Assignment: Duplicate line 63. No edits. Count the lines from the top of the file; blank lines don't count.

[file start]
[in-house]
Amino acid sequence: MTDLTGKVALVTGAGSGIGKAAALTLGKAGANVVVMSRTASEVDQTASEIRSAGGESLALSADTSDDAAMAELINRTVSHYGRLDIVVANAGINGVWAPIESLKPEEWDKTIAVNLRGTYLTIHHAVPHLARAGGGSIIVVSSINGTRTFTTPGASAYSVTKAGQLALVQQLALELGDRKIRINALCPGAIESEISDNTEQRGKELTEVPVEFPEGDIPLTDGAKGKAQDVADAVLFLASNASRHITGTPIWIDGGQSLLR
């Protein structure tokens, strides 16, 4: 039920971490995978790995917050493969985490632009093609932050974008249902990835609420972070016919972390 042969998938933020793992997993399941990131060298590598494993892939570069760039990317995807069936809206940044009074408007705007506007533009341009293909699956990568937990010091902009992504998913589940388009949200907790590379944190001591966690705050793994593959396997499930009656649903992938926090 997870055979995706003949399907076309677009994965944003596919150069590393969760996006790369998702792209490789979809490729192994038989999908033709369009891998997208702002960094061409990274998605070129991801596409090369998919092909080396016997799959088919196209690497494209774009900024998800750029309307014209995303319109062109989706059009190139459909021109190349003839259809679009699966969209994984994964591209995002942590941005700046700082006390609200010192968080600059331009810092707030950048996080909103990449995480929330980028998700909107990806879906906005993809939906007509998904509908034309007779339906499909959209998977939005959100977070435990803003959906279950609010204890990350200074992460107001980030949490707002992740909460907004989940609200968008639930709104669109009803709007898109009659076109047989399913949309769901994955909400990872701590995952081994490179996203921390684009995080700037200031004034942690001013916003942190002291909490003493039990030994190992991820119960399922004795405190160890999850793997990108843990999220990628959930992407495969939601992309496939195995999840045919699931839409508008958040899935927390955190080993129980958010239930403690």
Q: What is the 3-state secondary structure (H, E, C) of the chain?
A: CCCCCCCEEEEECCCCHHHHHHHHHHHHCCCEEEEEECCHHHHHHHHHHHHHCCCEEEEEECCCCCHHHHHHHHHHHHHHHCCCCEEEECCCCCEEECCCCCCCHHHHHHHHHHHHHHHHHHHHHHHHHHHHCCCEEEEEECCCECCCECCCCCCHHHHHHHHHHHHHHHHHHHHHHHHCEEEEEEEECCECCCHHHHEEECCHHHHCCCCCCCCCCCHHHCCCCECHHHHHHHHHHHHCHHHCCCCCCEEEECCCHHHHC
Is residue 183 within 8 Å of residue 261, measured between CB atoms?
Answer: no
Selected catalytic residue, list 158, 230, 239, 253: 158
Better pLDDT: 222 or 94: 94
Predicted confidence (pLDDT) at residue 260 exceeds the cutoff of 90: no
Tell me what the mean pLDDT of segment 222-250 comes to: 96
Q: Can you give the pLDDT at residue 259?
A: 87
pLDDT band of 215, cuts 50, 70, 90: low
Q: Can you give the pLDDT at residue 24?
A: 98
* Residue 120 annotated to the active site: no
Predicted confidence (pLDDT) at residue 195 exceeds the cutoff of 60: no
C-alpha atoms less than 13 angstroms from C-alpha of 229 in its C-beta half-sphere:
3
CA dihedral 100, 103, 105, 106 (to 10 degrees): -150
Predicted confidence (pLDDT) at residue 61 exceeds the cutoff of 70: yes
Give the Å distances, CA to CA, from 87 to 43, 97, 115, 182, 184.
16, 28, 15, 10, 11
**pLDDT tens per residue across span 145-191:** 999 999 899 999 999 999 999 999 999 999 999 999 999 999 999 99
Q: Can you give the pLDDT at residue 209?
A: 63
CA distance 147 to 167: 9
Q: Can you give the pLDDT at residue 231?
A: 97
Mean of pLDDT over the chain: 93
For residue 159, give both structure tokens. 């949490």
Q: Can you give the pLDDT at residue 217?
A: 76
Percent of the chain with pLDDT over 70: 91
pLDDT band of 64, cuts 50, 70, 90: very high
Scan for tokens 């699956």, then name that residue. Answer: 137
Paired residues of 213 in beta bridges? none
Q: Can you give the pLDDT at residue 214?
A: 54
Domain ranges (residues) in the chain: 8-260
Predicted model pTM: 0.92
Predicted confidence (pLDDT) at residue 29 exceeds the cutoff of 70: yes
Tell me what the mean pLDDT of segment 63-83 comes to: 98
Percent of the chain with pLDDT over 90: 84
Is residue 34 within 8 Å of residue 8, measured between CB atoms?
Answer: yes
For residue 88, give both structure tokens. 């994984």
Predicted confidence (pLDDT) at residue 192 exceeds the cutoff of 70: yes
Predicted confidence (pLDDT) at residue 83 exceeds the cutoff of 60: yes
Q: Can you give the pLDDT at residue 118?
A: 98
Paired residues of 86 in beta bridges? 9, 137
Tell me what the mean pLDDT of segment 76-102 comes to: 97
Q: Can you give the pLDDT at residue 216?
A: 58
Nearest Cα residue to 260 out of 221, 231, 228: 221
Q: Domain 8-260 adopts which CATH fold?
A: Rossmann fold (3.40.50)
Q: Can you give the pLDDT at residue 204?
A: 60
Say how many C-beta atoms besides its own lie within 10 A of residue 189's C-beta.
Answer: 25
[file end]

Answer: 25